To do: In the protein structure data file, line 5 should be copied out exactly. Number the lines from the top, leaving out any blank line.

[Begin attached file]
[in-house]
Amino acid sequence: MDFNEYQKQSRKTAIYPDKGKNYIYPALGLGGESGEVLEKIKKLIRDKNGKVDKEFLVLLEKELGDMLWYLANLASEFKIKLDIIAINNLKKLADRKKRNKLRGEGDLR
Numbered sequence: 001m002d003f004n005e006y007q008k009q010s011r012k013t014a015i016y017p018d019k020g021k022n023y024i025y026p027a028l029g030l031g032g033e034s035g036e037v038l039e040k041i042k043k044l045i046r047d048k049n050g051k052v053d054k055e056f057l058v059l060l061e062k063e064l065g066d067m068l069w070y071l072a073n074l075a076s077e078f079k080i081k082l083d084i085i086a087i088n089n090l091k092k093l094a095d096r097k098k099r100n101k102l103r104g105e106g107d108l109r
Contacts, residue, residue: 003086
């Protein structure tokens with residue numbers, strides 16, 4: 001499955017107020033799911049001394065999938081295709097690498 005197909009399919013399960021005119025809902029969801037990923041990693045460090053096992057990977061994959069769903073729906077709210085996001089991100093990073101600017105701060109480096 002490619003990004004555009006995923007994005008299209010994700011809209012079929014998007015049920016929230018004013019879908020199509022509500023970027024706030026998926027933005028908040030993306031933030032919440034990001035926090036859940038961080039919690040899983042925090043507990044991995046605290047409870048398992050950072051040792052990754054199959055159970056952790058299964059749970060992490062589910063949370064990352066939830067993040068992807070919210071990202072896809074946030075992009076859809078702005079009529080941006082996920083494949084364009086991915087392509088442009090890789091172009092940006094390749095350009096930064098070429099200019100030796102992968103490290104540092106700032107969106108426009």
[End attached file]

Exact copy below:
């Protein structure tokens with residue numbers, strides 16, 4: 001499955017107020033799911049001394065999938081295709097690498 005197909009399919013399960021005119025809902029969801037990923041990693045460090053096992057990977061994959069769903073729906077709210085996001089991100093990073101600017105701060109480096 002490619003990004004555009006995923007994005008299209010994700011809209012079929014998007015049920016929230018004013019879908020199509022509500023970027024706030026998926027933005028908040030993306031933030032919440034990001035926090036859940038961080039919690040899983042925090043507990044991995046605290047409870048398992050950072051040792052990754054199959055159970056952790058299964059749970060992490062589910063949370064990352066939830067993040068992807070919210071990202072896809074946030075992009076859809078702005079009529080941006082996920083494949084364009086991915087392509088442009090890789091172009092940006094390749095350009096930064098070429099200019100030796102992968103490290104540092106700032107969106108426009």